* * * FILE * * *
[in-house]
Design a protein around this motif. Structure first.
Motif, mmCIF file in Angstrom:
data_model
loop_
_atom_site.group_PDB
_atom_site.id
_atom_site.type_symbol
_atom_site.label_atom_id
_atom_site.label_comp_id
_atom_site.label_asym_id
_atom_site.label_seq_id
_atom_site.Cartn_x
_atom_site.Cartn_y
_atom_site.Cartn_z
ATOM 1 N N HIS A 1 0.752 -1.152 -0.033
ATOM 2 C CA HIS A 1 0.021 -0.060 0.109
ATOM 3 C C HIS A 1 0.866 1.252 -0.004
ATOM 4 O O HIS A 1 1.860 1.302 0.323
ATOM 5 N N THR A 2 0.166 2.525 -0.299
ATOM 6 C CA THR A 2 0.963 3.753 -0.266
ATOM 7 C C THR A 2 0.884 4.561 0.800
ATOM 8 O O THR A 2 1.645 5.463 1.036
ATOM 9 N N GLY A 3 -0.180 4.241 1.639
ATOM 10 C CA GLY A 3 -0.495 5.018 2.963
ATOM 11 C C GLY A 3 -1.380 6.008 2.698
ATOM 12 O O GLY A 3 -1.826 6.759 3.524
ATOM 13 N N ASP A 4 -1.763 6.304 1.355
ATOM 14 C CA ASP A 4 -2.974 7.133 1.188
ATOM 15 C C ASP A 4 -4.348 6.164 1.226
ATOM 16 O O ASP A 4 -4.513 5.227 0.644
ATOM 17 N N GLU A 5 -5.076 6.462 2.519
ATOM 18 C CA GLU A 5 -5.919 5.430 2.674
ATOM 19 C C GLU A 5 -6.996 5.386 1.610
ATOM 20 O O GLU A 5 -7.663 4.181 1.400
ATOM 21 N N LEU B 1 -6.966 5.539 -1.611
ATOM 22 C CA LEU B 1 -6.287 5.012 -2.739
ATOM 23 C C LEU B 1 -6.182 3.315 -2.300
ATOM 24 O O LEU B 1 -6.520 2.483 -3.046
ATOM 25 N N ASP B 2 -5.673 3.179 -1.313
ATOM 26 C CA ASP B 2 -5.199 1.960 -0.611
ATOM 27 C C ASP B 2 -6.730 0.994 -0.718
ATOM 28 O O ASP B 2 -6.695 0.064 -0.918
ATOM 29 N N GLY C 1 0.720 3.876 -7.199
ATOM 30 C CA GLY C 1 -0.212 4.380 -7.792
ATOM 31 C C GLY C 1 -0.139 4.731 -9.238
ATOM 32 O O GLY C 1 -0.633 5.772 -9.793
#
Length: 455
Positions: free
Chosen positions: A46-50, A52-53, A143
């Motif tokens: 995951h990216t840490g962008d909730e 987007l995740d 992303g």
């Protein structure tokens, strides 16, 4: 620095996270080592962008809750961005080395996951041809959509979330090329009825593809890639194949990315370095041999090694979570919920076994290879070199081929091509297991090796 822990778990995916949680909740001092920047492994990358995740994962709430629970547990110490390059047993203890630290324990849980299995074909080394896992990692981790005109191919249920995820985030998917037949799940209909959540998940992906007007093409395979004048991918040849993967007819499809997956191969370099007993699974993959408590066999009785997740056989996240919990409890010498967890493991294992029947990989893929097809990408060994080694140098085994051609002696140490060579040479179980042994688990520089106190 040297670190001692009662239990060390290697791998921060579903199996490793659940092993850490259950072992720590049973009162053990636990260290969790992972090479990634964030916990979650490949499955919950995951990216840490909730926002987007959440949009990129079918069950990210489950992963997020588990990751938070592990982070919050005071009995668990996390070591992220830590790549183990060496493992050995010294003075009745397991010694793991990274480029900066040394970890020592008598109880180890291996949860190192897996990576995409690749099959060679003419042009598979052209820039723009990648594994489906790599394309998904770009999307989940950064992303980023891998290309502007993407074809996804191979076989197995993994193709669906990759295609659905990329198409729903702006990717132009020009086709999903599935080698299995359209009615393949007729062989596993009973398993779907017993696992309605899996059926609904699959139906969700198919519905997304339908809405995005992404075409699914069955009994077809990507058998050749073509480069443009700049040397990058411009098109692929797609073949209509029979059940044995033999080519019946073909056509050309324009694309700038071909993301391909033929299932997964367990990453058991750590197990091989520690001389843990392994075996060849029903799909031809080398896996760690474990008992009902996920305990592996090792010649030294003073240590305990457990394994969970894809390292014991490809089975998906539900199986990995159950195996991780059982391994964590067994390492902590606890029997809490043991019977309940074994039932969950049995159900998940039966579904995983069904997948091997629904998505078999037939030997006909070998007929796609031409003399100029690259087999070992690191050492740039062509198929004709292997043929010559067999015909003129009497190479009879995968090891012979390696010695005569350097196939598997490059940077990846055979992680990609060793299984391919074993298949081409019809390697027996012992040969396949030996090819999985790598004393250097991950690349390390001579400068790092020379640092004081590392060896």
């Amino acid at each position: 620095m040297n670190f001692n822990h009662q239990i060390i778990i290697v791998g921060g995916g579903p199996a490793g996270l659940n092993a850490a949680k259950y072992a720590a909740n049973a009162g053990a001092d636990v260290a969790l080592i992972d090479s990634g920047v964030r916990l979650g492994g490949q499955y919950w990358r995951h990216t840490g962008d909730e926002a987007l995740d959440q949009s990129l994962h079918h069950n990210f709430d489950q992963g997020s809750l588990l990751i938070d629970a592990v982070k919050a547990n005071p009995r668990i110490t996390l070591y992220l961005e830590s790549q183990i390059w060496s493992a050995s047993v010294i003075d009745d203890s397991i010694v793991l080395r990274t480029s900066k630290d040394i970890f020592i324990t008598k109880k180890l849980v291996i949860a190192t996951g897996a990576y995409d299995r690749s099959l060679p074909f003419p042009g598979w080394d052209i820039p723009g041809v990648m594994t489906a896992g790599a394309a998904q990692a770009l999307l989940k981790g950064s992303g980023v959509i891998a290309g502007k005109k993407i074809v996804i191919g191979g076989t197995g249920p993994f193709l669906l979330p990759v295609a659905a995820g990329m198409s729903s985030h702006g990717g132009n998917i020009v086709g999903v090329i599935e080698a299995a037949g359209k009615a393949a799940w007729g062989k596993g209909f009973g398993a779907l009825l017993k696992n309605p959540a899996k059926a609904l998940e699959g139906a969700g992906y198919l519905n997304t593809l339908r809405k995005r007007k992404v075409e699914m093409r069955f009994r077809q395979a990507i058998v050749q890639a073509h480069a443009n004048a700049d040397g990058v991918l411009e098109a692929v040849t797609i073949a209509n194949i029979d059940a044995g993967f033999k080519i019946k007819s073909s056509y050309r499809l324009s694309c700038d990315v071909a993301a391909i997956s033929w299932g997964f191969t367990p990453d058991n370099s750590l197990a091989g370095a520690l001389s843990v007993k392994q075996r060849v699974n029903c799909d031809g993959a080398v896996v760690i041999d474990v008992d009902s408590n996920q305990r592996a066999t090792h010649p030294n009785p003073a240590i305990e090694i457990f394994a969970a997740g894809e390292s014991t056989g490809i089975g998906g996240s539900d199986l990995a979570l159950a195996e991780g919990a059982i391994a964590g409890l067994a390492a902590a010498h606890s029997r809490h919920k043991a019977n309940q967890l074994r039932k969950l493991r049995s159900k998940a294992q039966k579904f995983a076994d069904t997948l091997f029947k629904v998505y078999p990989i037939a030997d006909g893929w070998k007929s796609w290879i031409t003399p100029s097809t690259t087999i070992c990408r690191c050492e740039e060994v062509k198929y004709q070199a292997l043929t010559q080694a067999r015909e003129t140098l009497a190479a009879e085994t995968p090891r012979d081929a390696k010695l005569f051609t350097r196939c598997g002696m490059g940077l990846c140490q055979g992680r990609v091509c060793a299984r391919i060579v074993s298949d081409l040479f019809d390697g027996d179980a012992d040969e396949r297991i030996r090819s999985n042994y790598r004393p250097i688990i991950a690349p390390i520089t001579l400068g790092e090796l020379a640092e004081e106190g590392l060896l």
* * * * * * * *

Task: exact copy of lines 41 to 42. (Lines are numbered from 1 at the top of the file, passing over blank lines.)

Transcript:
ATOM 26 C CA ASP B 2 -5.199 1.960 -0.611
ATOM 27 C C ASP B 2 -6.730 0.994 -0.718